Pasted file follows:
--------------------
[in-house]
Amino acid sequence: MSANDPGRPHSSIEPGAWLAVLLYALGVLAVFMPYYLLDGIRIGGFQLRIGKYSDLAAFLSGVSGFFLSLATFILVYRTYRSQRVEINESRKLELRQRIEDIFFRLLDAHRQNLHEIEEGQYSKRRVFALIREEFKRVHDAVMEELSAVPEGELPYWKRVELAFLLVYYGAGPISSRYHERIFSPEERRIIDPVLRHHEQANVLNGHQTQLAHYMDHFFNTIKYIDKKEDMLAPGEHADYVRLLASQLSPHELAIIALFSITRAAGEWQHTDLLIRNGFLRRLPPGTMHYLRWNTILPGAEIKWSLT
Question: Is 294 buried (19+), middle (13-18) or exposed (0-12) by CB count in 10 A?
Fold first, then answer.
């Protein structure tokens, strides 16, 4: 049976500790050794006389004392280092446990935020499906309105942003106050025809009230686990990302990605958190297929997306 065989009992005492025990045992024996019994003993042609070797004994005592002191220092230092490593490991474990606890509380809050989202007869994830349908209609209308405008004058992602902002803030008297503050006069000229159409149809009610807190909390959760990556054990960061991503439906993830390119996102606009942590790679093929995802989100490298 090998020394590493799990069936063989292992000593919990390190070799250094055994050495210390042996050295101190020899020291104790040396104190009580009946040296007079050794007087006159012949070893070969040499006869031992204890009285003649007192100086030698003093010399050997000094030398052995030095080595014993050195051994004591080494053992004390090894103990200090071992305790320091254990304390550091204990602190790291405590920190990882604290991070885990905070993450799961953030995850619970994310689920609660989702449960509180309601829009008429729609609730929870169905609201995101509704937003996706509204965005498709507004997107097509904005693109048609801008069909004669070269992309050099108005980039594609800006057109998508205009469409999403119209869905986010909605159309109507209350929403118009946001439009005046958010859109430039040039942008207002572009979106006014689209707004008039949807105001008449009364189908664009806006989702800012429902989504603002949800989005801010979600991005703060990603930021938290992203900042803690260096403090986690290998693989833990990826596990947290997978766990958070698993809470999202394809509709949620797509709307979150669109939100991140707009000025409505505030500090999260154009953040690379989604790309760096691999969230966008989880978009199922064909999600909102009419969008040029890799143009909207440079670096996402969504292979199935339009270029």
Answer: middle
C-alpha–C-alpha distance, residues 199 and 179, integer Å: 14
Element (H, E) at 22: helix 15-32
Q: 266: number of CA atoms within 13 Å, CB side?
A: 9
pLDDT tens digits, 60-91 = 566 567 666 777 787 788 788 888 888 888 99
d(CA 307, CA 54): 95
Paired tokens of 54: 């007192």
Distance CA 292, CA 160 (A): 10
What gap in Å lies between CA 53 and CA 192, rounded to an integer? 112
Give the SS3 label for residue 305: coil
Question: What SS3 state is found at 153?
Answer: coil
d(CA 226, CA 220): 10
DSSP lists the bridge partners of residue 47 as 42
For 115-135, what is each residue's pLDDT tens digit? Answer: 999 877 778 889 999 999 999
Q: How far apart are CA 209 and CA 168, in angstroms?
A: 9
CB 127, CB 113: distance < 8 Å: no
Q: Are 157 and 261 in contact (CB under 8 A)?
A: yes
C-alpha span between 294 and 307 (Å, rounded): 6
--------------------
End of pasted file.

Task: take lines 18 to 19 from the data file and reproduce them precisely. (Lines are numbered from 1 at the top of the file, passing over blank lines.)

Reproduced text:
Answer: coil
d(CA 226, CA 220): 10